No. 44.Circuit Court of Appeals, Second Circuit.
December 8, 1930.
Appeal from the District Court of the United States for the Southern District of New York.
Action under the Federal Employers’ Liability Act (45 USCA §§ 51-59) by William W. Wyatt against the New York, Ontario
Western Railroad Company. Judgment for plaintiff, and defendant appeals.
Watts, Oakes Bright, of Middletown, N.Y. (Abram F. Servin, of Middletown, N.Y., of counsel), for appellant.
Alfred T. Rowe, of New York City (Sol Gelb, of New York City, of counsel), for appellee.
Before L. HAND, SWAN, and AUGUSTUS N. HAND, Circuit Judges.
SWAN, Circuit Judge.
The first contention of the appellant asserts that the plaintiff was not employed in interstate commerce at the time of the accident, and assigns error to the court’s denial of defendant’s motion to dismiss the complaint upon that ground. The facts bearing on this issue were substantially undisputed. Plaintiff was a brakeman in the employ of the railroad, and, on the evening of November 14, 1928, was engaged as one of a train crew which was making up an interstate freight train in appellant’s switchyard at Middletown, N.Y. The train was being made up upon switch track No. 5. There were cars upon track 6 and a caboose upon track 7 to be picked up by the yard engine, pushed onto track 5, and coupled to the rest of the train. Plaintiff’s work was to let off the brakes when the cars were picked up. This he had done for the cars picked up on track 6. His next duty would be to assist in shifting the caboose from track 7 after the string of cars from track 6 had been pushed onto track 5 and coupled to the portion of the train already there. This operation would take a little time, and plaintiff in the mean time went to a nearby “dugout” to get warm. This was a small shanty or lean-to, containing an improvised stove which the trainmen were accustomed to keep heated with coal which could be gathered along the tracks. At the dugout, plaintiff found the conductor of his train, who told him to put more coal on the fire and then to assist in shifting the caboose on track 7. Plaintiff took a shovel, and, without his lantern, went onto the tracks to get coal. While scraping up coal on track 5, he was struck by the yard engine, which he testified backed down upon him without sounding the customary signal and without carrying the customary light upon the rear of the tender. The injury necessitated amputation of plaintiff’s leg.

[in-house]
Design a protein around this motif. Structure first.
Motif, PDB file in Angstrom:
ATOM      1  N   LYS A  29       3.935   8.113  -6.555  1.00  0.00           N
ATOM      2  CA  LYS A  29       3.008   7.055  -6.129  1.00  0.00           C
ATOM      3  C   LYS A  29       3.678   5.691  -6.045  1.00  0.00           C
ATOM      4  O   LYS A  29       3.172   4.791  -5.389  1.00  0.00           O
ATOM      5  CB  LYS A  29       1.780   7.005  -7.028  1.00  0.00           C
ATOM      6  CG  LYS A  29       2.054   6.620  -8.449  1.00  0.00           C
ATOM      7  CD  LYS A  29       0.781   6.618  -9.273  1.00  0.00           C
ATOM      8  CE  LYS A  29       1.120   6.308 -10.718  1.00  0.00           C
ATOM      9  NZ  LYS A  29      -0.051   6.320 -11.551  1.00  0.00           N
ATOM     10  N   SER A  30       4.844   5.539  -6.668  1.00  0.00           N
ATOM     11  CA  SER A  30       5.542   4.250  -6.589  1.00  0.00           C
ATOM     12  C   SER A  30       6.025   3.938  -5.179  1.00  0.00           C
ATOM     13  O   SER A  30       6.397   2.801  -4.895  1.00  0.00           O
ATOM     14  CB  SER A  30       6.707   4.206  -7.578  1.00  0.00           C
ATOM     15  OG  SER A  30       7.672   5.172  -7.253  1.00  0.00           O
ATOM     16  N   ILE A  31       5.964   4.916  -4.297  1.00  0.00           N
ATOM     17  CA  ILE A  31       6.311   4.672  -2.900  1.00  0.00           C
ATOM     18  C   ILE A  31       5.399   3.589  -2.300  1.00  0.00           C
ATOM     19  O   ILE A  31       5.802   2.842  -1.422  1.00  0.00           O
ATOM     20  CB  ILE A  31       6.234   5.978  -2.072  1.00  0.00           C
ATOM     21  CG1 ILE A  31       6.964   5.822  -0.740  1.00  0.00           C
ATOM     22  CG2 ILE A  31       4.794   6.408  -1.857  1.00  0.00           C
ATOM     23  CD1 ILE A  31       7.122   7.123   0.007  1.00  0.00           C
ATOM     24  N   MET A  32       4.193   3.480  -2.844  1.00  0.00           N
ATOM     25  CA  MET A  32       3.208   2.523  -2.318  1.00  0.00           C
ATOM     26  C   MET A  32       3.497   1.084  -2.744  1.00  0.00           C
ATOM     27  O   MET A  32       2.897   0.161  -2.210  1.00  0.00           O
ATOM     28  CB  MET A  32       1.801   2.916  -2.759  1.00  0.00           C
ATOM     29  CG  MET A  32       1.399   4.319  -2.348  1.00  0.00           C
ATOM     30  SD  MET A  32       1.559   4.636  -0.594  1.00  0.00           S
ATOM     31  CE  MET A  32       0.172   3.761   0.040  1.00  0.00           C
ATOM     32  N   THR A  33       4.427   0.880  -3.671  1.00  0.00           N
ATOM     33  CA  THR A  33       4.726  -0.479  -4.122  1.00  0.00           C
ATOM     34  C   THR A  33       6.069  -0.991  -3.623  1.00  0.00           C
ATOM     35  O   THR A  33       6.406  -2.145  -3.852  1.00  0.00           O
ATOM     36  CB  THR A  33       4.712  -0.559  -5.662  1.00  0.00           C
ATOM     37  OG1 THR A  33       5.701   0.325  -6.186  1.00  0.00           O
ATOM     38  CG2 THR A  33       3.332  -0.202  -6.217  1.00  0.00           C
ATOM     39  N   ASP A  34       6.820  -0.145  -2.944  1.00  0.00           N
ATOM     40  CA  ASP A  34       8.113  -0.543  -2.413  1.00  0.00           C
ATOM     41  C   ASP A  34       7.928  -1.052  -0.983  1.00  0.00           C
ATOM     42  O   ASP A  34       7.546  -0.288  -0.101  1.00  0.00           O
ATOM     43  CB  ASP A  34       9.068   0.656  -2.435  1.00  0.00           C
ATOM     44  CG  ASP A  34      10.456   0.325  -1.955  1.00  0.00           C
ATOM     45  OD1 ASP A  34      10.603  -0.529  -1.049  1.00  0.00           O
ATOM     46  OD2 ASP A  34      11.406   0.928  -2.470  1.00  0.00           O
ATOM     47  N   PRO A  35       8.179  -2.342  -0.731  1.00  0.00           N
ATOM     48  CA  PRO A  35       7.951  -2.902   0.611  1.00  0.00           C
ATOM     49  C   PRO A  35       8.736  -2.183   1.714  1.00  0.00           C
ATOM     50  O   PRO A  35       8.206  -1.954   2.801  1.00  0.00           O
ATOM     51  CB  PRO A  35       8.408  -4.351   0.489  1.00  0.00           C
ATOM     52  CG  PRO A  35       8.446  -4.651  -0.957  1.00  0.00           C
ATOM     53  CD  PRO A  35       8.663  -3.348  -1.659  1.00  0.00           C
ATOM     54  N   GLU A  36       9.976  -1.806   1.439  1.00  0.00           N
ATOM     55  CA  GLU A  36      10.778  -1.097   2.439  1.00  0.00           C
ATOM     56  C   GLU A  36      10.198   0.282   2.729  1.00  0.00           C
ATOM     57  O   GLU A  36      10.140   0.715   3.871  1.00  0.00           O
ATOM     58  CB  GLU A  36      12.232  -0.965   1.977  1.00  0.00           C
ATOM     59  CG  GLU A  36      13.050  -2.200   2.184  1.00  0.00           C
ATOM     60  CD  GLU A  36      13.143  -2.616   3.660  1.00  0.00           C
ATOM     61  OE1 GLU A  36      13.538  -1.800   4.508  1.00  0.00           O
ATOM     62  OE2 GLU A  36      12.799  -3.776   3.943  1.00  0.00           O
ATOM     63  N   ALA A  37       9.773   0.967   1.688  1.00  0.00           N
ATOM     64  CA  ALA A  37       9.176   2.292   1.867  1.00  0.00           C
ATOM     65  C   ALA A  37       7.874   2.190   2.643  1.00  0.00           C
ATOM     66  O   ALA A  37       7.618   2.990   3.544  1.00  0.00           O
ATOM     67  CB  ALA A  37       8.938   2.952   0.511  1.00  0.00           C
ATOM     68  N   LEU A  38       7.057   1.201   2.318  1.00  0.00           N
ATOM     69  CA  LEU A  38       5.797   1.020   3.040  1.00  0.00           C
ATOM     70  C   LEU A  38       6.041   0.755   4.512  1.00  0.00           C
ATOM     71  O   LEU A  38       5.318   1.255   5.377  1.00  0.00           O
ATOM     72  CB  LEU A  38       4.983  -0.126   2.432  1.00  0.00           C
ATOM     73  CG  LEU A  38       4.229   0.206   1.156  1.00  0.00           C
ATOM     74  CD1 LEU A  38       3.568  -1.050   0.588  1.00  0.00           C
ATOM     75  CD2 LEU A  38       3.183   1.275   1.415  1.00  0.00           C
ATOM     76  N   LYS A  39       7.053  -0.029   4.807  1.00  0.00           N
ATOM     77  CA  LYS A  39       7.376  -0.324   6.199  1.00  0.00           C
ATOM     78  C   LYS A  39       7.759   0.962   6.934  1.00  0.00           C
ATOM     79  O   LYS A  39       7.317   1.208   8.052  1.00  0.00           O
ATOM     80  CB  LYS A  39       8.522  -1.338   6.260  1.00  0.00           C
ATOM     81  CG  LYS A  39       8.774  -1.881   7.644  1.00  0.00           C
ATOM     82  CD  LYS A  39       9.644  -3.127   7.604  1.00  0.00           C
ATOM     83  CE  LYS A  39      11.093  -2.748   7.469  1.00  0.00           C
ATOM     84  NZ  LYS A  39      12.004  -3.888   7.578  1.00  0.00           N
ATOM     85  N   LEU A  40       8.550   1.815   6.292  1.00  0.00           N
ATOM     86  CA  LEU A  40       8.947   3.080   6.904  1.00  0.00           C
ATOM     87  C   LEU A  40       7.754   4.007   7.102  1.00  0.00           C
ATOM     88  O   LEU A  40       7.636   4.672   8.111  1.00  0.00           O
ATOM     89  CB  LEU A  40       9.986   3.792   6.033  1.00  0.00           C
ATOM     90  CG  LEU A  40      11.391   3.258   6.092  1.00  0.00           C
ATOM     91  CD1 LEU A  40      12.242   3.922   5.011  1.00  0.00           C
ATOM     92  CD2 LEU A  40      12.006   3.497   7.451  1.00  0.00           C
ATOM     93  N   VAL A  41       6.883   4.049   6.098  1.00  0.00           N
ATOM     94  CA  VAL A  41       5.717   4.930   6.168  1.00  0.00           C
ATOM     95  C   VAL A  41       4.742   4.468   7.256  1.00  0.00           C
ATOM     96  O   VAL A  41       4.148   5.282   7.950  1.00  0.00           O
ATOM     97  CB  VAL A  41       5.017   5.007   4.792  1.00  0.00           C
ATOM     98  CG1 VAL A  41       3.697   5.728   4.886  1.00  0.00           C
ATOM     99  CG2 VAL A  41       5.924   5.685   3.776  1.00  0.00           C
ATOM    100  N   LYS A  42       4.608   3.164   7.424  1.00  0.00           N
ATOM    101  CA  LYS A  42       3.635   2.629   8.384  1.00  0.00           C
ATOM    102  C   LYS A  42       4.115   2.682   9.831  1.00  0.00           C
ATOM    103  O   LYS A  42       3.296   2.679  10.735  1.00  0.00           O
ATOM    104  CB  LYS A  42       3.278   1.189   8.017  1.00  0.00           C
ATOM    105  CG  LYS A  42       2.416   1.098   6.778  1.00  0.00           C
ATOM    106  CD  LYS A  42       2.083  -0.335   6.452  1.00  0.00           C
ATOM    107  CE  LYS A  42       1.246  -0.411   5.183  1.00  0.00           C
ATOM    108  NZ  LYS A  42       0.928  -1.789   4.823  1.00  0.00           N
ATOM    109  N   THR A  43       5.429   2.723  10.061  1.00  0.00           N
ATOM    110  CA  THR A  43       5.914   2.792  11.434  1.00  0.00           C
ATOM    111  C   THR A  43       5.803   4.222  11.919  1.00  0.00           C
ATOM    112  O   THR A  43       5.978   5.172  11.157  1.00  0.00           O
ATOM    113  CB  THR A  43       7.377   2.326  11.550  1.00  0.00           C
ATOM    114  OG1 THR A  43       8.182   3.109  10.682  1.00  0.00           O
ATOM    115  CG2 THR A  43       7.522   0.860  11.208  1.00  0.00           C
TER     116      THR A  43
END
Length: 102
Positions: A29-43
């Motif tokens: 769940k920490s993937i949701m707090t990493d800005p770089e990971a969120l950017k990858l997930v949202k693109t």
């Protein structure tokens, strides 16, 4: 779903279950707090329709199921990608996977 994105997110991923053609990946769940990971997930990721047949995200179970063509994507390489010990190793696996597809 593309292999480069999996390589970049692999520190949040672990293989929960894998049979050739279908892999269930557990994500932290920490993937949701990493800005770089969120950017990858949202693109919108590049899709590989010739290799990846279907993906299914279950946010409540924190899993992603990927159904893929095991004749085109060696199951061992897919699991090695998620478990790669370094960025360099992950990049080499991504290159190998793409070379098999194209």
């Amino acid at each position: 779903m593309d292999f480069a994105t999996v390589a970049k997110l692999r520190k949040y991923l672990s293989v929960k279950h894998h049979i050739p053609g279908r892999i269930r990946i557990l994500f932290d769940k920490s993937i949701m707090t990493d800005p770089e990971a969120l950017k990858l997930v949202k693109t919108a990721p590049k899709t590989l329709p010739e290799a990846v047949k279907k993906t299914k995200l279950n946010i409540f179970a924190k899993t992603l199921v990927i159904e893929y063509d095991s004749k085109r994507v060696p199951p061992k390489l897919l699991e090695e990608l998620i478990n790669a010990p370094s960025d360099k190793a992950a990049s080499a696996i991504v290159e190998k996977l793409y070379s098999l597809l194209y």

The argument of appellant is that at the moment of the accident the plaintiff was not engaged in work connected with the movement of an interstate train, but was doing something solely for his own comfort and that of other employees who might rest in the shelter between orders. We cannot accede to this contention. Plaintiff’s work in assisting to make up the interstate train had not ended; there was merely a pause in his active duties. This distinguishes Erie R.R. Co. v. Welsh, 242 U.S. 303, 37 S. Ct. 116, 61 L. Ed. 319, relied upon by appellant. During that pause he was at liberty to go to the dugout for shelter, to build or keep up a fire for his comfort, and to gather coal for that purpose in the customary manner, without changing the character of his interstate employment. Nothing in such conduct would be inconsistent with his duty to his employer. As was said in North Carolina R. Co. v.